Term of Award

Spring 2007

Degree Name

Master of Science in Biology (M.S.)

Document Type and Release Option

Thesis (open access)

Department

Department of Biology

Committee Chair

Lissa M. Leege

Committee Member 1

C. Ray Chandler

Committee Member 2

Edward B. Mondor

Abstract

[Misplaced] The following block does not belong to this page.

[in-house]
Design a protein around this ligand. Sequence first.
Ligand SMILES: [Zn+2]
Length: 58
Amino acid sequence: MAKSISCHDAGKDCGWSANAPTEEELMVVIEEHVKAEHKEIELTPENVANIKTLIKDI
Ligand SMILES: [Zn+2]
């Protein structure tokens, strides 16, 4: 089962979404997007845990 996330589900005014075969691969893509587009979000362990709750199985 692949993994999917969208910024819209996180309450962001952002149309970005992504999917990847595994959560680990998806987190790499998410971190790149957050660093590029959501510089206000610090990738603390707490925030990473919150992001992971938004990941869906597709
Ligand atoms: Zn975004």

The effects of herbivores and invasive plants on native plants are well known, but few studies have addressed their impacts on rare plants. Threatened or endangered plant species may be more susceptible to negative effects of biotic factors due to their already low distributions. My study quantifies the interactions between deer, an invasive plant, a rare herb and its associated plant community to assist in the conservation of native plants. Trillium reliquum is an endangered spring ephemeral herb that is native to three states in the southeast. It is threatened by the encroachment of Japanese honeysuckle (Lonicera japonica) and white-tailed deer (Odocoileus virginianus) herbivory. I selected five sites in Georgia to examine the impacts of deer and honeysuckle on T. reliquum across its Georgia range. Four treatment combinations were established within each population, including: 1) deer excluded, honeysuckle present 2) deer excluded, honeysuckle removed 3) deer accessible, honeysuckle present 4) deer accessible, honeysuckle removed. I measured deer and honeysuckle impacts on T. reliquum and plant community structure in 2005 and 2006. Trillium reliquum was found in both species rich and species poor habitats. Deer and honeysuckle did not negatively impact species richness. Levels of deer browse intensity varied across sites and honeysuckle was the most frequent vine at most sites. White-tailed deer decreased fruit production and increased dormancy in T. 2 reliquum. Honeysuckle was associated with small but stable trillium populations. Empirical data and matrix models demonstrated that removal of honeysuckle results in significant population increases. This suggests that honeysuckle suppresses T. reliquum emergence. Conservation efforts for T. reliquum should focus on long-term deer population management and the control of invaders. Also, the conservation of subadult and reproductive individuals is important to T. reliquum population growth.

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